ALEXANDRIA, Va.—U.S. employers are projected to pay their workers an average of 3.4% more this year, reports CNBC. The expected wage increased faster than the actual raises that were paid over the past two years, according to a Willis Towers Watson survey. Raises are expected to be similar across positions, including entry-level to senior-level employees.
Willis Towers Watson says that inflation is a key reason but not the only one. “I think the bigger piece is about this race for talent,” said Lesli Jennings, senior director of work and rewards at Willis Towers Watson.
In what has been dubbed “The Great Resignation,” Americans are leaving their jobs in droves, and employees younger than 35 are leading the way. A record 4.5 million workers quit their jobs in November. Reasons Americans are leaving their jobs include COVID-19 fears, child-care duties, burnout and higher levels of savings amassed during the pandemic.
CNBC reports that the hardest hit sectors are lower-paying, in-person jobs.
Nearly 74% of companies said the tight labor market was why they were increasing their budgeting for raises, according to the Willis Towers Watson survey, while only 31% of companies said inflation was the reason for giving their employees raises.
According to a poll by the U.S. Chamber of Commerce, many unemployed Americans are not eager to rejoin the workforce, with 53% saying they were only somewhat active or not very active at all in looking for work. Additionally, 56% said they can continue to be unemployed for more than six months before it becomes essential to return to full-time work. Eleven percent said it will be more than a year before it is necessary to return to work, and 15% said it will never be essential. The poll was conducted late last year.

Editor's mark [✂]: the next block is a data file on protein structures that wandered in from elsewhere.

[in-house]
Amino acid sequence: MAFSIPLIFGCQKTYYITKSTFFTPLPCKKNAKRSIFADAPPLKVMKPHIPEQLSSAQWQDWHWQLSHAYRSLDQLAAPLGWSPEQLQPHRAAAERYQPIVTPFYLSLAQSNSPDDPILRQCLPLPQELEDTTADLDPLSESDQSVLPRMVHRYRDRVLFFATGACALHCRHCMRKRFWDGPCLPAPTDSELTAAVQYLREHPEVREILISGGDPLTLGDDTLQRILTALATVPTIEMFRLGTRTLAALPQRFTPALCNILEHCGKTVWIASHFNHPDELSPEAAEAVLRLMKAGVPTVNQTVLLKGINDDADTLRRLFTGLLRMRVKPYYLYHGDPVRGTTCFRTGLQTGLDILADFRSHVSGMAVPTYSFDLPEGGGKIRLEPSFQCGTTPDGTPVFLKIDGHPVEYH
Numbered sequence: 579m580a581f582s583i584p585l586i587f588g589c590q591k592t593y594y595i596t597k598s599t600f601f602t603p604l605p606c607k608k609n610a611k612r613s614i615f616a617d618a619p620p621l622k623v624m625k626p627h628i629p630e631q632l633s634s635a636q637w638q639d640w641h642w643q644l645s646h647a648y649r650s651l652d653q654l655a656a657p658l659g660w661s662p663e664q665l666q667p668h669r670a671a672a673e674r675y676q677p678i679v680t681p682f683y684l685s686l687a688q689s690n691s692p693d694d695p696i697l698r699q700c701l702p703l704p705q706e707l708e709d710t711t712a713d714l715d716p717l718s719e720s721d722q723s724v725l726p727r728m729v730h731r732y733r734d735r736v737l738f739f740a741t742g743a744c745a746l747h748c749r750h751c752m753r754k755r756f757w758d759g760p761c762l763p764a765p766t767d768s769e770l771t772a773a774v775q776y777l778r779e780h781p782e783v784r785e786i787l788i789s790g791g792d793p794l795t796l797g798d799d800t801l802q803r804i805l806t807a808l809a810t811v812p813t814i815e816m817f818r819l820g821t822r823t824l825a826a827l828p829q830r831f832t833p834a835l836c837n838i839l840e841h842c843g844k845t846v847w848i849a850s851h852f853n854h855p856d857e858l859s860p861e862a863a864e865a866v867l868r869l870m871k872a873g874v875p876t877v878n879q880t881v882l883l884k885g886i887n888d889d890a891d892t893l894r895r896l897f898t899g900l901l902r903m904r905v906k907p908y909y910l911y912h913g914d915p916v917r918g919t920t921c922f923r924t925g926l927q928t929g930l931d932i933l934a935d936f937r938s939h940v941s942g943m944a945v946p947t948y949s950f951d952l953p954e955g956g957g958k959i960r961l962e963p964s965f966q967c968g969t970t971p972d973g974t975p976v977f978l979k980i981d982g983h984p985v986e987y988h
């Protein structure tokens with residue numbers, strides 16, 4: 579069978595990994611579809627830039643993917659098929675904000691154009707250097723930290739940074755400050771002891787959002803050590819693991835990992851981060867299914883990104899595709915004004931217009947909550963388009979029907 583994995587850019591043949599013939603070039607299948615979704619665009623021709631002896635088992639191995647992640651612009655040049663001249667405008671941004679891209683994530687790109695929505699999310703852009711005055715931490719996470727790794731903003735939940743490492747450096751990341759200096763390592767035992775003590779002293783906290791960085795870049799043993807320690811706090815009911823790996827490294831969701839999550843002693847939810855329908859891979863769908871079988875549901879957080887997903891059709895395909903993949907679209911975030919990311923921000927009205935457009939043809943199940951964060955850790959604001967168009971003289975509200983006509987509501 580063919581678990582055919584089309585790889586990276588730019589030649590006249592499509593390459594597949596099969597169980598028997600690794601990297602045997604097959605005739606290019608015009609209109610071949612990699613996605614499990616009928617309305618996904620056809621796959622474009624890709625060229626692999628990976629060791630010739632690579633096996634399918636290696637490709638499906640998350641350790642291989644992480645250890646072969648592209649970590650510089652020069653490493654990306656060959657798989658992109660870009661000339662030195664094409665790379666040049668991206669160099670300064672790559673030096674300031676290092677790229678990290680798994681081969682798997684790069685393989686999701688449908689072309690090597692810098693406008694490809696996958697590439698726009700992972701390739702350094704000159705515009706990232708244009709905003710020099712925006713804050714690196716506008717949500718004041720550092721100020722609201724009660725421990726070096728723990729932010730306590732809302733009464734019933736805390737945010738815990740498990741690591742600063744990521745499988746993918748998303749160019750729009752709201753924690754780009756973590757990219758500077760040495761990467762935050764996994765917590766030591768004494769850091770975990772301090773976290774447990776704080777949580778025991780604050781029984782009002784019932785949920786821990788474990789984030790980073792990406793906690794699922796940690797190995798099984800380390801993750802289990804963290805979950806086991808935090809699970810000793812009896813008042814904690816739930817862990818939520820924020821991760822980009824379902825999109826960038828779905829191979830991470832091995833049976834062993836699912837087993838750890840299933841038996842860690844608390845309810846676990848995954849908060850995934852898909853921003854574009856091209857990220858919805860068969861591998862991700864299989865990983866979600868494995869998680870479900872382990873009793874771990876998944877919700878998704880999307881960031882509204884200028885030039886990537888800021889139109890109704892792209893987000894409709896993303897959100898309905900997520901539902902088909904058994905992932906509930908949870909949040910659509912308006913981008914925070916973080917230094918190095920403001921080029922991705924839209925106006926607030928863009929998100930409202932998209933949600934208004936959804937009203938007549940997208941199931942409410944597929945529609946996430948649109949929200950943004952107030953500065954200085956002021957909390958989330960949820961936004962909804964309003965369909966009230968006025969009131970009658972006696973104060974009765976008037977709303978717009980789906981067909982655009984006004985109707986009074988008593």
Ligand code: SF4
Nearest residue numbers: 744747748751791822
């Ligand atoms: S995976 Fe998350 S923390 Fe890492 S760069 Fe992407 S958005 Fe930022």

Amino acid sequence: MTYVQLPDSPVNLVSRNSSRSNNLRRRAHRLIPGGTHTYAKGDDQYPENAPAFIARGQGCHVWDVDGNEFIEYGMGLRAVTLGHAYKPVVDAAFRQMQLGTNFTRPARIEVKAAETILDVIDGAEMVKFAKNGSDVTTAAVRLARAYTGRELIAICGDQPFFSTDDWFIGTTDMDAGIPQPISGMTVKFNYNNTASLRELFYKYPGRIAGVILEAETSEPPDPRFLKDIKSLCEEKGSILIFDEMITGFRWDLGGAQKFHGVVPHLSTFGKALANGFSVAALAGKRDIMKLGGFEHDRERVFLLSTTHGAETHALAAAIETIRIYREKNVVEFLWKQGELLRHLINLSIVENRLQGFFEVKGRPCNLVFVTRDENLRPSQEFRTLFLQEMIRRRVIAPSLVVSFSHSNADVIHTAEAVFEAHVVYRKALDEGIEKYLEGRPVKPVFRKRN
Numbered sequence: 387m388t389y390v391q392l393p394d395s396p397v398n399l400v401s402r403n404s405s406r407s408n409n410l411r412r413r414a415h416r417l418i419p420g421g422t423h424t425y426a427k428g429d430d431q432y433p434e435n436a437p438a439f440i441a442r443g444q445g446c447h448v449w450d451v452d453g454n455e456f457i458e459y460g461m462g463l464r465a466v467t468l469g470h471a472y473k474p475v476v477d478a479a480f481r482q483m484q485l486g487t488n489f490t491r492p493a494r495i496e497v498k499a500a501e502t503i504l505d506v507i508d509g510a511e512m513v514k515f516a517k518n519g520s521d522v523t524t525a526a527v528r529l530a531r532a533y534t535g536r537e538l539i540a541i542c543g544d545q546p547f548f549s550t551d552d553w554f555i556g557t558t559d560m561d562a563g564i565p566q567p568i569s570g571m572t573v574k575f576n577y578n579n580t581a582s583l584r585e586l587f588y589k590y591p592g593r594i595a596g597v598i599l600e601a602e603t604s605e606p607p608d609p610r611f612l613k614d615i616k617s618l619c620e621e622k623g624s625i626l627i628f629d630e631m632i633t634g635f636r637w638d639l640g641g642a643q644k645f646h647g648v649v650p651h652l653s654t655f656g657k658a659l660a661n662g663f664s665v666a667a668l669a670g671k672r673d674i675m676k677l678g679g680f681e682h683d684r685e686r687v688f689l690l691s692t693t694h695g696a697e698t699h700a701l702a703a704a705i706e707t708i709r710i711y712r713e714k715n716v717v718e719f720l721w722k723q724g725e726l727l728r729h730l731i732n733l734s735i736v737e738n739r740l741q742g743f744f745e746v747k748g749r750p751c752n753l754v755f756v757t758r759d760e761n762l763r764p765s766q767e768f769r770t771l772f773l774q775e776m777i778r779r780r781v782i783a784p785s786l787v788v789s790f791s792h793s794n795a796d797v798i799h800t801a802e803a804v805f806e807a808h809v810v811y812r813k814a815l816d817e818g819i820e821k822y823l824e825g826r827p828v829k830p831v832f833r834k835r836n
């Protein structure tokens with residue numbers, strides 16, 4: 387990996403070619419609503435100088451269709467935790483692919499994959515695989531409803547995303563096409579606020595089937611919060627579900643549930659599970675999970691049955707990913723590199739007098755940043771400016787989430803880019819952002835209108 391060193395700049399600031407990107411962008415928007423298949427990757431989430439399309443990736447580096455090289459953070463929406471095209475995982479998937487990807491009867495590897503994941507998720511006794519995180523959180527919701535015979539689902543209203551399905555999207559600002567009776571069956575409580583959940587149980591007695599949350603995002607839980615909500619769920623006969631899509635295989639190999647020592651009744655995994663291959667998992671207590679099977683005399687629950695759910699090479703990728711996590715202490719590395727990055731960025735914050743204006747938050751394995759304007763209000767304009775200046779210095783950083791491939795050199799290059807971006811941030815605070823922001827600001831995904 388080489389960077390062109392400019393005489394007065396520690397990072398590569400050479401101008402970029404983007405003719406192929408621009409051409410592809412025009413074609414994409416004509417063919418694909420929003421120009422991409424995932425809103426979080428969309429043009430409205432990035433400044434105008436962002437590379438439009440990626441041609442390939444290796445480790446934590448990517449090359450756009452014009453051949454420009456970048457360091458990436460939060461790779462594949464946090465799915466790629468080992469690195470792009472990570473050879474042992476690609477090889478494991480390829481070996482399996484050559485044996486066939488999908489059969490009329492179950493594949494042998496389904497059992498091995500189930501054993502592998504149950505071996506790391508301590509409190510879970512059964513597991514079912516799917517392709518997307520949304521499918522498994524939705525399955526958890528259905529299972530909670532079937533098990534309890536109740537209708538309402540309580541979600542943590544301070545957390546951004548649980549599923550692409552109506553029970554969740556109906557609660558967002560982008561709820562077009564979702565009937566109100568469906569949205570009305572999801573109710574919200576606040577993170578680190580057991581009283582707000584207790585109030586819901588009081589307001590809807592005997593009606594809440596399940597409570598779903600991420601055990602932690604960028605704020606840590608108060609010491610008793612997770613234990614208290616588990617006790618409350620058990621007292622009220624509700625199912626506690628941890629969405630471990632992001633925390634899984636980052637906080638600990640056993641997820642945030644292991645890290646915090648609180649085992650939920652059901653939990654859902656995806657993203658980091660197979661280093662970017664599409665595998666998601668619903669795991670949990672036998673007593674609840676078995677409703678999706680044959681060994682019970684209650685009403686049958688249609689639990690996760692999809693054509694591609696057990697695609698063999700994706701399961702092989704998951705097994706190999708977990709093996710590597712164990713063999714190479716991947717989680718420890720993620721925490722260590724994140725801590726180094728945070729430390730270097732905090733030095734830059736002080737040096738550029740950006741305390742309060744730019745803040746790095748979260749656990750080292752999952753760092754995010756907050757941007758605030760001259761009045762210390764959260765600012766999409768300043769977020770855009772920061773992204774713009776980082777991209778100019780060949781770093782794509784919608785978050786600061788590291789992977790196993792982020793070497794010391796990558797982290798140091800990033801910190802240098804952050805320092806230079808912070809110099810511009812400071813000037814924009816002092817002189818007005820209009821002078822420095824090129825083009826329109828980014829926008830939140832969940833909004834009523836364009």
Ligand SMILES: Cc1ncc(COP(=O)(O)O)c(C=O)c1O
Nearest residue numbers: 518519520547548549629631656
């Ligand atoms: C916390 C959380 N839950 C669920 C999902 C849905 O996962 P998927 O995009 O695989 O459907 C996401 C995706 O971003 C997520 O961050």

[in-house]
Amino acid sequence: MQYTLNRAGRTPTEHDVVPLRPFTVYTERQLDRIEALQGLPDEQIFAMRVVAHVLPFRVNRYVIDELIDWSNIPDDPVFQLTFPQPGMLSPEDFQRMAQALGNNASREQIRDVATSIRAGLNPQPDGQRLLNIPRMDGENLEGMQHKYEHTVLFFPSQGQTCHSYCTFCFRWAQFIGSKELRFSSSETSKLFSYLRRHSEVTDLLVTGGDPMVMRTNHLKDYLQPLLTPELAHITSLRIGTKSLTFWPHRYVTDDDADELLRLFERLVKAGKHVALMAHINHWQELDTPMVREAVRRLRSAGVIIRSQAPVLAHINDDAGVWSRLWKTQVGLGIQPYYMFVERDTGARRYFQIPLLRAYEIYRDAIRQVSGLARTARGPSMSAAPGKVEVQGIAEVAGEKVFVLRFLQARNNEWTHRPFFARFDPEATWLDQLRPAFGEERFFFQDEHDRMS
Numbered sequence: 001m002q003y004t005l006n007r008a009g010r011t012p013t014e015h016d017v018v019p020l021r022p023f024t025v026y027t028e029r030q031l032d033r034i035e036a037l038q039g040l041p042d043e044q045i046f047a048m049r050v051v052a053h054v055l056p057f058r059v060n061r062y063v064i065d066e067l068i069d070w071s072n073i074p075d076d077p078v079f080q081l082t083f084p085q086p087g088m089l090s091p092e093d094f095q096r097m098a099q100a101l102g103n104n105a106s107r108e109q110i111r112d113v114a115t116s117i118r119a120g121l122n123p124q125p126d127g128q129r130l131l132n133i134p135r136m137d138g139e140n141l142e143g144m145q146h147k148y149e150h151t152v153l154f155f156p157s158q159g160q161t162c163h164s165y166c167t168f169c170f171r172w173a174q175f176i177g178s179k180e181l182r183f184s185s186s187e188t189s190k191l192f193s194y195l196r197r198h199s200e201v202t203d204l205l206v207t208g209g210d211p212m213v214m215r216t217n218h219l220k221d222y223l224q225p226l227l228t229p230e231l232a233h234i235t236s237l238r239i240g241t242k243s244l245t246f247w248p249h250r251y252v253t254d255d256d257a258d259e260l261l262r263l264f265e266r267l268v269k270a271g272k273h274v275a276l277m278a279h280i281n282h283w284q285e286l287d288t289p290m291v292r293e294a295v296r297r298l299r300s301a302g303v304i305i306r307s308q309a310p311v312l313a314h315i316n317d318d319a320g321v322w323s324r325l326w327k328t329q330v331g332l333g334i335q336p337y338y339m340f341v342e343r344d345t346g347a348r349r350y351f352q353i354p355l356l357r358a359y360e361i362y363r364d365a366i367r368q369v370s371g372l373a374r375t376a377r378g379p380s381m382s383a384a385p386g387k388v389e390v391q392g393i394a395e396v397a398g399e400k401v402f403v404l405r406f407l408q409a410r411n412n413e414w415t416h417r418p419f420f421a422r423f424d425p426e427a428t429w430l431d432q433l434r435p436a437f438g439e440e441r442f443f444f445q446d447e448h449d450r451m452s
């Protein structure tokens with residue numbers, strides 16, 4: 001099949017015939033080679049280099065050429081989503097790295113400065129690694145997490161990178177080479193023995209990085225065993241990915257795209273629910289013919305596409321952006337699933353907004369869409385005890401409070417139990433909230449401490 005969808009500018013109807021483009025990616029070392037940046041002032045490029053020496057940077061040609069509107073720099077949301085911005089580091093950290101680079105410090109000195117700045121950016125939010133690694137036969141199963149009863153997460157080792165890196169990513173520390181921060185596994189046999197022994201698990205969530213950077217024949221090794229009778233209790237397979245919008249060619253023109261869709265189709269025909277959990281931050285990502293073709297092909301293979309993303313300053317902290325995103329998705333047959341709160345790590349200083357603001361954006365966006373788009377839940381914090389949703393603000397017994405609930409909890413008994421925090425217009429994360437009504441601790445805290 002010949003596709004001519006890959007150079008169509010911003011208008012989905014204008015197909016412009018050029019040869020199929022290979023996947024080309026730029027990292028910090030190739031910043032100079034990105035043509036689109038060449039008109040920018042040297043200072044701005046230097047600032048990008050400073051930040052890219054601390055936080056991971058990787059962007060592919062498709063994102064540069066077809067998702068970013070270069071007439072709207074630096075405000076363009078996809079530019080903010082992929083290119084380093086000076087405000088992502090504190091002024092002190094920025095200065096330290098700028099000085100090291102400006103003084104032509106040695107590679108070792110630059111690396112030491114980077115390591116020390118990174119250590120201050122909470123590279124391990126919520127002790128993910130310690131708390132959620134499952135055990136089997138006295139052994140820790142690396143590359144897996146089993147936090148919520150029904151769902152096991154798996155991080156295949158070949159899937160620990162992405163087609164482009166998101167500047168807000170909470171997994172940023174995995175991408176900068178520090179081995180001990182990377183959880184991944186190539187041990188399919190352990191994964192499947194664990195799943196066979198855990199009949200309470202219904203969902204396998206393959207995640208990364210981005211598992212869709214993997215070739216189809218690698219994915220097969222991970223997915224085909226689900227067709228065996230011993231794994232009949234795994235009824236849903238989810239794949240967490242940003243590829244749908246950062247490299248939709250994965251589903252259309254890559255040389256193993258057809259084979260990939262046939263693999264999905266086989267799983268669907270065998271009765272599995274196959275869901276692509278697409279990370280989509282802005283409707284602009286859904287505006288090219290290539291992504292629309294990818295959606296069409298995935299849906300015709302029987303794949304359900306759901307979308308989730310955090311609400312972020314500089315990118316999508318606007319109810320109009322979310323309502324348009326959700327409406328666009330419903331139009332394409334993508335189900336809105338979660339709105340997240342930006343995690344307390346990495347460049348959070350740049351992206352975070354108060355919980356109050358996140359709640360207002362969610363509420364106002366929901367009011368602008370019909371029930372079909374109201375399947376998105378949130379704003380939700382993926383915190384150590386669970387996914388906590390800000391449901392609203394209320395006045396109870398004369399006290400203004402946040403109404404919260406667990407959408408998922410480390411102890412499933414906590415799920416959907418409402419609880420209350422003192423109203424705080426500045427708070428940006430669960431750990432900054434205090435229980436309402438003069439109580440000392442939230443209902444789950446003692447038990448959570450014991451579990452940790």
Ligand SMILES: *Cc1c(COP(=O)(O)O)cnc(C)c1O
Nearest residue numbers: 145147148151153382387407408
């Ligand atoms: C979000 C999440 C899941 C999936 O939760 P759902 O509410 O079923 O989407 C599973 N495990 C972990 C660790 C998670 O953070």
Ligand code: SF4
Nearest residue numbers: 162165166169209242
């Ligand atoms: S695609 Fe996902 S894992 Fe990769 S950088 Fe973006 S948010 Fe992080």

Many retailers are turning to higher pay and better benefits to get workers. Rutter’s recently raised its starting wage to $16 an hour. Sheetz also raised its starting pay last year. Costco pays its employees $17 an hour. Walmart pays on average $16.40 in the U.S., and Target’s minimum wage is $15 an hour, and both companies offer free college tuition. In 2020, the average full-time associate starting wage at a convenience store was $11.89 an hour, which was up 40.5% in the past 10 years, according to the NACS State of the Industry Compensation Report® of 2020 Data.
The struggle to find labor has some companies rethinking job qualifications, as well as the types of incentives used to attract employees. Many companies are dropping the education requirements and background checks for applicants, including The Body Shop, and CVS no longer requires college graduates to submit their grades, while UPS is offering jobs in as little as 10 minutes to some employees.
Are you looking to hire? NACS has conducted extensive research on what people want in jobs to help retailers communicate the context of jobs by showcasing how they tie into what applicants care about most and what they treasure from previous jobs. Additionally, NACS Magazine dived into how to hire the Gen Z workforce—by understanding what this generation wants from an employer.